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Thy Kingdom Come

02 Jul

So before I start the sermon, I am going to ask the men in our room to raise your hand when a statement sounds like you and to keep it raised until the very end. 

  • How many have a child through biological means or adoption?
  • How many have a child who many have four legs and fur? 
    {I am a fur-parent. Pets are like kids. I get it.}
  • How many of you take nieces, nephews, other children in your life,
    jack them up on sugar, and return them to their other parents?
  • How many of you are teachers, in the medical field,
    or in some other way care for and nurture other people?

Every man in this room should have his hand up.
Happy Father’s Day to each and every one of you. 

Our scriptures this morning combine two common themes throughout scripture, which we look to scripture for the themes that thread it together.

At first glance, however, these themes seem distant and yet are more deeply intertwined than we credit it them (in my opinion).

The first theme is located in our Ezekiel and 2 Corinthians scriptures.
It is the “Grand Reversal”.

Although it may be new language for some, it is the concept heard in Mary’s Magnificat, or her song when she learns that she will mother the Christ child.

The lowly will be lifted up.
The poor will be come rich.
The oppressed with have freedom.

We LOVE that imagine, right?
It is all the injustices of our world made right.

The second theme is in our Mark scripture of the Mustard Seed as a parable for God’s kingdom. Mark’s gospel has an over-arching theme that the kingdom of God is here now (we get glimpses), it is near (we are called to live further into it), and it is not yet fulfilled. The Mustard Seed reminds us that the kingdom of God is bigger and better than we can even imagine.

What if the grand reversal is in fact the reign/kingdom of God fulfilled?What if the grand reversal is in fact the reign/kingdom of God fulfilled?
(for those in the back)

We, as Christians, mostly would raise our hands, shake our heads in agreement because we pray for the Grand Reversal to come daily… how do I know this?

Our Father, who art in heaven, hallowed be thy name,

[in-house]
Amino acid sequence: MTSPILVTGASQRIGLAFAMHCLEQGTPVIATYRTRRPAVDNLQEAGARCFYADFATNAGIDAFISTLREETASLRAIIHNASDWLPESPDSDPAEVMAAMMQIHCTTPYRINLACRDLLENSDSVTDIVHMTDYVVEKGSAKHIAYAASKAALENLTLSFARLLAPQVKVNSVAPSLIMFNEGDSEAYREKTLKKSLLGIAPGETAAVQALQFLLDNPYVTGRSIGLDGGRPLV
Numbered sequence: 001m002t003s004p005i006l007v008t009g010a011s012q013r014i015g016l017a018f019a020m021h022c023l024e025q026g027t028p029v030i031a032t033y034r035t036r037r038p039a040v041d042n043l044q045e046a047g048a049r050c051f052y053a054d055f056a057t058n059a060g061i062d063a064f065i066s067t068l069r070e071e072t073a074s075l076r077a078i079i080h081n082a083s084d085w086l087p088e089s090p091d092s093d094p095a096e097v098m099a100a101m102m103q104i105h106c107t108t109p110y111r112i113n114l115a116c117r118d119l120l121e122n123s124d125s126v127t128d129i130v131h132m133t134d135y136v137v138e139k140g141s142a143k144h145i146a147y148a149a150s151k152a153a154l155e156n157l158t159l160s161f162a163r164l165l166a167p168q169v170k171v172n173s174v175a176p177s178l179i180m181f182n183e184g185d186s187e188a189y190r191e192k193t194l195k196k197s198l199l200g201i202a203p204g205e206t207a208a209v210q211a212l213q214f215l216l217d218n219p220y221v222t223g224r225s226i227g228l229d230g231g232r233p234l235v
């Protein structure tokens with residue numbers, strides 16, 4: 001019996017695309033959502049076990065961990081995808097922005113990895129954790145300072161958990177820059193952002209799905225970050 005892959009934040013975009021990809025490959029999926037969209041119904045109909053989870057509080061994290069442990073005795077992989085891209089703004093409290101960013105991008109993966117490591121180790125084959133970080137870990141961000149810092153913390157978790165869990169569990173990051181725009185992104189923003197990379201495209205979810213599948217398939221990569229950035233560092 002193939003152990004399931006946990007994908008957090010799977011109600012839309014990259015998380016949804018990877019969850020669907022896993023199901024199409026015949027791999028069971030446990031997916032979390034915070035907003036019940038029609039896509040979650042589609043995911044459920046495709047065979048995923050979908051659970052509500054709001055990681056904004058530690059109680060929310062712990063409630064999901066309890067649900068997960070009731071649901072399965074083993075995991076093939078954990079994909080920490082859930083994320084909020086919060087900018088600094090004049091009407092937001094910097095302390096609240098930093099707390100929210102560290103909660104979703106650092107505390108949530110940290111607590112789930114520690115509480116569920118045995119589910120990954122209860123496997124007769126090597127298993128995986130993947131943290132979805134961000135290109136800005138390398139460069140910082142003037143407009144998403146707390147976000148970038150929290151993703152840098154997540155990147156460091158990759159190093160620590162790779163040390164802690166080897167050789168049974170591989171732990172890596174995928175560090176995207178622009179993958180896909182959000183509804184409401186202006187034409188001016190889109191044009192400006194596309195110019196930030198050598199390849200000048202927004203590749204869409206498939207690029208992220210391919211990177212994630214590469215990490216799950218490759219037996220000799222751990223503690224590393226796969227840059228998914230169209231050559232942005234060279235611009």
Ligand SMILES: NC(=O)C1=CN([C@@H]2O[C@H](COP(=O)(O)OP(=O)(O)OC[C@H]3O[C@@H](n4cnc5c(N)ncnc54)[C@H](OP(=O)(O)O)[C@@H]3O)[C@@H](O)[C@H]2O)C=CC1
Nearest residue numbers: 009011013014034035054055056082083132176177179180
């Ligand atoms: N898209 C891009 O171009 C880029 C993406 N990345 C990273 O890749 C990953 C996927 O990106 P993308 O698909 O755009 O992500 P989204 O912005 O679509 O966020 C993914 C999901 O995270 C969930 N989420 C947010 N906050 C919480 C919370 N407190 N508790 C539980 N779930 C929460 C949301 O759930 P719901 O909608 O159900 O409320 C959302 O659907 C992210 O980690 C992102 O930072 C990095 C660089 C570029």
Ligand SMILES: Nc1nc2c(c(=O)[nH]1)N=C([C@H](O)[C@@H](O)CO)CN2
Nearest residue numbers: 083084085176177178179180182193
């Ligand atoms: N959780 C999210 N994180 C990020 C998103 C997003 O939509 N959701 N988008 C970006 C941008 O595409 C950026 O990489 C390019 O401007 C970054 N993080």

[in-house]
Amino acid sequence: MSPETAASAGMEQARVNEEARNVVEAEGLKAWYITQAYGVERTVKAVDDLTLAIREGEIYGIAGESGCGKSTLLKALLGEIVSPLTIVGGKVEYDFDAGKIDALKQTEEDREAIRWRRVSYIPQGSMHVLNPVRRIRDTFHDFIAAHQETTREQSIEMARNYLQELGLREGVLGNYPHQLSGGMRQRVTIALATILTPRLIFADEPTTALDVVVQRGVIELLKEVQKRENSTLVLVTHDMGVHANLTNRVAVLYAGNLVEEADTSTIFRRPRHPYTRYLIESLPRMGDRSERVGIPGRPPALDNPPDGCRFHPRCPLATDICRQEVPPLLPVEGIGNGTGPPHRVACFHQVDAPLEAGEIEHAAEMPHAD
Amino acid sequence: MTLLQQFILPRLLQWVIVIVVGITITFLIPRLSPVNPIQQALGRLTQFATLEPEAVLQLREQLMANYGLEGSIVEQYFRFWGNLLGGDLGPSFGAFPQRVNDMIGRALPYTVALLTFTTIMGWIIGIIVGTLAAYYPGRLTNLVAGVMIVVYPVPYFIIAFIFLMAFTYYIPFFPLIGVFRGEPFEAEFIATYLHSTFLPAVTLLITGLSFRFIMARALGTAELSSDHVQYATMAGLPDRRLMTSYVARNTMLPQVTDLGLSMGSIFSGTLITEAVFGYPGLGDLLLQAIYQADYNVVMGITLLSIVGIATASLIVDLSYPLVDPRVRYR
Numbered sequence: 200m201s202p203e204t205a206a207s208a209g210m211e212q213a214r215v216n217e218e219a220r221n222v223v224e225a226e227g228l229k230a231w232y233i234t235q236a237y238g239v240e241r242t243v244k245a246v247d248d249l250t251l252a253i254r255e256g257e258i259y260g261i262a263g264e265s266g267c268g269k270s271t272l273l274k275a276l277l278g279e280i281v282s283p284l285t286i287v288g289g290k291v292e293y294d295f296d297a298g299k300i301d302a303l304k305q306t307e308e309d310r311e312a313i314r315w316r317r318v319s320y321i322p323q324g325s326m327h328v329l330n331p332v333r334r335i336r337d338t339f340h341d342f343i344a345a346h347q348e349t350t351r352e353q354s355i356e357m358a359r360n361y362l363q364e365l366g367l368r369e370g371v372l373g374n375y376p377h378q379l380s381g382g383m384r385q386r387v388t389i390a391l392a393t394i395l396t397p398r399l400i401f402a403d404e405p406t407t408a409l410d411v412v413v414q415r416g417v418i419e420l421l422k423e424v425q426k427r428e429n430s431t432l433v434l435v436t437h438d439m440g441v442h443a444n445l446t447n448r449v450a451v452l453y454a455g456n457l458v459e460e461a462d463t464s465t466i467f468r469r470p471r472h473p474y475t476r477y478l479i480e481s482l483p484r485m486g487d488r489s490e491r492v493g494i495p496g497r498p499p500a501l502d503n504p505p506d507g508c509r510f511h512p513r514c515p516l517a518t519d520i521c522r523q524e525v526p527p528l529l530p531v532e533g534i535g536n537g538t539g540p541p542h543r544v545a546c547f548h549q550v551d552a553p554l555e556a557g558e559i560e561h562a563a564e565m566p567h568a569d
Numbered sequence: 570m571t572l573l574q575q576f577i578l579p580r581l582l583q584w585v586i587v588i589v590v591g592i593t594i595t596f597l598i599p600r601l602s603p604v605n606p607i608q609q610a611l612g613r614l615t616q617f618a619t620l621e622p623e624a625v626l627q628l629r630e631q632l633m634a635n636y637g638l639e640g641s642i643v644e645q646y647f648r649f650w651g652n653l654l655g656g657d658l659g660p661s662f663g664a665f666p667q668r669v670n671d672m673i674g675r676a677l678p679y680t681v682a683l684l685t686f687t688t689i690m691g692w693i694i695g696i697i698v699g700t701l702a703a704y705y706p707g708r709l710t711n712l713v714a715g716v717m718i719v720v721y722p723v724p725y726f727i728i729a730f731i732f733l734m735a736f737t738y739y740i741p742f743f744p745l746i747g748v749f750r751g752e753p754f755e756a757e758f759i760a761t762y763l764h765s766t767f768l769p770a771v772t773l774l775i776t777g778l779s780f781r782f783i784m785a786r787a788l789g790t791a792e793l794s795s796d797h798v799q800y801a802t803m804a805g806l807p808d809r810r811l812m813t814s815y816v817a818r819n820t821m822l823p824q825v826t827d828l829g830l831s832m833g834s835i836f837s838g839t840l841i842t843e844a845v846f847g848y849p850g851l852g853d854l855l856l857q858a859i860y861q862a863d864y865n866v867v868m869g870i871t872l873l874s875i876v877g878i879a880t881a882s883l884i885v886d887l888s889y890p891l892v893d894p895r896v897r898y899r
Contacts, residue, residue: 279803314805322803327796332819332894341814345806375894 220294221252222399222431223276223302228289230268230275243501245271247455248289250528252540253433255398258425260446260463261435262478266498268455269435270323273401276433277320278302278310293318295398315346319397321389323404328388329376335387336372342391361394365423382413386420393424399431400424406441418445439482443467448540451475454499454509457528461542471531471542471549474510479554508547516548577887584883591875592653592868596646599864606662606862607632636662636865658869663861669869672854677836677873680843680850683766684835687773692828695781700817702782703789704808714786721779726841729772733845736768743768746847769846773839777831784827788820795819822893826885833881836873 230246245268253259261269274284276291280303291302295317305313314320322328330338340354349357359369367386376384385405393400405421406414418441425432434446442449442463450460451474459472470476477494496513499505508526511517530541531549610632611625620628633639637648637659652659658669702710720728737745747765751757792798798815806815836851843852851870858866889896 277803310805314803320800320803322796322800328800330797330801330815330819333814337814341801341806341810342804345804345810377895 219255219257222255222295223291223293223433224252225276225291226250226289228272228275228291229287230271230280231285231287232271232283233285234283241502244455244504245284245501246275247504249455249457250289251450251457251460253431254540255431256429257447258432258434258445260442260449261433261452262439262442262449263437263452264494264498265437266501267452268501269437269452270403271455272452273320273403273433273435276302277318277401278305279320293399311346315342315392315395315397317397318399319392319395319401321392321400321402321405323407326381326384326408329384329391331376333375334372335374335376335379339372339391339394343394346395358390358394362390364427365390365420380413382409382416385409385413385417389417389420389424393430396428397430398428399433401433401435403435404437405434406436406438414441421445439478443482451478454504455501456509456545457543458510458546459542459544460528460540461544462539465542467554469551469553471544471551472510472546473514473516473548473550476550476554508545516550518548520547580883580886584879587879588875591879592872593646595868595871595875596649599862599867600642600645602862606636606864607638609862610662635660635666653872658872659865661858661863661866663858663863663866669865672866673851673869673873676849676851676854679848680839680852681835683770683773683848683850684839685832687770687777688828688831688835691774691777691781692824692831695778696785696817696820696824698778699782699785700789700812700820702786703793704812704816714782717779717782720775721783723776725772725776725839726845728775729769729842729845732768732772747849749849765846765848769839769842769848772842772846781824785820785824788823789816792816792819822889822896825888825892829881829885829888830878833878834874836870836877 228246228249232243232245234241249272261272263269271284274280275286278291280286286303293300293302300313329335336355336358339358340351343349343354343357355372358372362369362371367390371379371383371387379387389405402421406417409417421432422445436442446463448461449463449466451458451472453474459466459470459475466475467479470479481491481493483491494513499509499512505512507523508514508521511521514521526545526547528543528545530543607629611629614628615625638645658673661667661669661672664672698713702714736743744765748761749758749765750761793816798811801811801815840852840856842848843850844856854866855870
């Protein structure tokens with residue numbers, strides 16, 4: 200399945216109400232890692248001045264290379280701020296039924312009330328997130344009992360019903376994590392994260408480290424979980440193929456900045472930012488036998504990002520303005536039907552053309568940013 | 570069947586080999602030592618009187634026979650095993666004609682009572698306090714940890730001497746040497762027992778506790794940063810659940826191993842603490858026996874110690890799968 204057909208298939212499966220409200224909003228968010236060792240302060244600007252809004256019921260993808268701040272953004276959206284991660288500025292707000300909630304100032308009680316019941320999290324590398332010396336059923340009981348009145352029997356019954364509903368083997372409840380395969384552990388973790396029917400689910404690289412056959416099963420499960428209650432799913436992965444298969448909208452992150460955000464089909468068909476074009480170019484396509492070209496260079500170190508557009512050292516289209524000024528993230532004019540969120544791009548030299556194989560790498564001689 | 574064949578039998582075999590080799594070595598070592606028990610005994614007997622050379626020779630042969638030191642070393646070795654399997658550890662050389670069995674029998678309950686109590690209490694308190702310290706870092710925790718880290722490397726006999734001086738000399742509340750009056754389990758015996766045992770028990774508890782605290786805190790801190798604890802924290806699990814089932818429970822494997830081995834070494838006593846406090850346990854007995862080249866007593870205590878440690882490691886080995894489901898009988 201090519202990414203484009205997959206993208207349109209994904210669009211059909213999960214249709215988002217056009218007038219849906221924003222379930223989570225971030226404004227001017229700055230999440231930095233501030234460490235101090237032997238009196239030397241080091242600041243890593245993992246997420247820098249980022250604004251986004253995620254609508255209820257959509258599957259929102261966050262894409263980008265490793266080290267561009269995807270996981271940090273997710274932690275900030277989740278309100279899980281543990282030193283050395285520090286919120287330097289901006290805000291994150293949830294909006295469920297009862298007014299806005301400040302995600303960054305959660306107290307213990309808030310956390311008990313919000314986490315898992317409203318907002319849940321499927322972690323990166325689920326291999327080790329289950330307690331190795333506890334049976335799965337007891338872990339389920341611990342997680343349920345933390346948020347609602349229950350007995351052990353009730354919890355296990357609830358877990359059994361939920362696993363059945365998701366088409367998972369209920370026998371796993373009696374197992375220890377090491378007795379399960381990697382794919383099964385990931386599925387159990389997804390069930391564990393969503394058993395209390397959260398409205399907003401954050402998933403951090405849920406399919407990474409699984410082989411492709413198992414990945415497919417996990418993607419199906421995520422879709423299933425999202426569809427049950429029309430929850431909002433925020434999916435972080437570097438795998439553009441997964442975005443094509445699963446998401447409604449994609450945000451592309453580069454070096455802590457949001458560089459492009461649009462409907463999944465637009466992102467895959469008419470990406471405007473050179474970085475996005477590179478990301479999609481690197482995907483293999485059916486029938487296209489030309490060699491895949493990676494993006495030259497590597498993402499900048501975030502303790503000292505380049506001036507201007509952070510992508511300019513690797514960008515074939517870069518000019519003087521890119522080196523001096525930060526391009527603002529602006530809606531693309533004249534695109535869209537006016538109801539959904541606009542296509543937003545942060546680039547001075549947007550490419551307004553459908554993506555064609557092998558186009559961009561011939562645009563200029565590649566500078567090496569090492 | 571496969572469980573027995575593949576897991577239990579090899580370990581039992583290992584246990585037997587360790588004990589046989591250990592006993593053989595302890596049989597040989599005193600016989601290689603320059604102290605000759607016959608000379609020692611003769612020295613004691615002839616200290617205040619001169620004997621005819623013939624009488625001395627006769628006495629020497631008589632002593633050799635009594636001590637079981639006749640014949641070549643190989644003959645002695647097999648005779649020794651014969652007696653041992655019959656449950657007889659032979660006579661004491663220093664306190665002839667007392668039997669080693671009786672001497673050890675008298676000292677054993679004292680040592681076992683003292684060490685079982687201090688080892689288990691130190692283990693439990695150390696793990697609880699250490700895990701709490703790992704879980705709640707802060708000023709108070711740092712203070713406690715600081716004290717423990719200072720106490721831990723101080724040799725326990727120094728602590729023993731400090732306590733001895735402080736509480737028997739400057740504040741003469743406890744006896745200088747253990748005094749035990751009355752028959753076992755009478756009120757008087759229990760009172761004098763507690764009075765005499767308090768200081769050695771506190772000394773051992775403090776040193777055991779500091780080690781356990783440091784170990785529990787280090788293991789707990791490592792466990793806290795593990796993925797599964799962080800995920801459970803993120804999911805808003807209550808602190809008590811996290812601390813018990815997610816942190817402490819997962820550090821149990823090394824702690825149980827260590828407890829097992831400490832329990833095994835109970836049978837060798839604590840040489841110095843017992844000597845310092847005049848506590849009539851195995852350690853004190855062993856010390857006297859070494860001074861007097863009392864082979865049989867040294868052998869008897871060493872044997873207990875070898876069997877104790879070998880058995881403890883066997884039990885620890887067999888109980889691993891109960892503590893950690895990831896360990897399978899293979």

thy kingdom come, they will be done on earth as it is in heaven…

Thy KINGDOM come, Thy WILL be done one earth as it is in heaven. 

The Grand Reversal is GREAT NEWS!

  • Great News, if you are the oppressed.
  • Great News, if you are the poor in mind, body, and/or spirit.
  • Great News, if you are the needy in need of food, clothing, and/or shelter.
  • Great News, if you are the victim of injustice.

However, the Grand Reversal is Not-So-Great News…

  • Not-So-Great News, if you are the powerful.
  • Not-So-Great News, if you are the one in authority.
  • Not-So-Great News, if you are the rich.
  • Not-So-Great News, if you are the oppressor.
  • Not-So-Great News, if you engage in OR benefit from those injustices.

I guess it depends… what side of the Grand Reversal are you on?

This is the challenge of Scripture, thus we must be careful about ‘how’ we use it.

  • We need to understand its scriptural and historical context.
  • We need to ‘test’ it against other scriptures/themes that thread scripture together.
  • We need to question the intention and ‘how’ it is being used.
  • We need to question  who benefits for this use.

The question, Who benefits, must be continually asked regarding EVERYTHING.

If the person or persons benefiting are those in need, those who are oppressed, and those who are victims of injustice…
then that is “Thy Kingdom come, Thy Will be done”. 

BUT, if it does not benefit or further harms those in need, those who are oppressed, or those who are victims of injustice…
then it is NOT “Thy Kingdom come” and it is NOT “Thy Will be done”.  

 

Therefore, our themes can be pleasant and exciting OR challenging and without joy.

BUT, we have a promise from God about our scattering our (mustard) seeds of God’s kingdom which we are given in our baptismal vocations. These seeds are seeking justice, acting with compassion and mercy, and loving and serving ALL people. These seeds will grow, spout, and bring forth God’s reign and kingdom.

The greatest point in the parable of the Mustard Seed, in my opinion, is that the growth is not dependent upon the farmer and thus the actual growth of God’s kingdom is not necessarily dependent upon our effort but rather the Holy Spirit working in, through, among, and (yes even) despite ourselves.

God’s kingdom is ALIVE.
God’s kingdom is VITAL.
God’s kingdom will be bigger and better than we can even imagine and for that…

Thanks be to God. Amen.

The scriptures were Ezekiel 17:22-24; 2 Corinthians 5:6-17; and Mark 4:26-34.
Originally preached on 17 July 2018 at Trinity Lutheran (Union City, IN).

 

 

 
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Posted by on July 2, 2018 in Sermons

 

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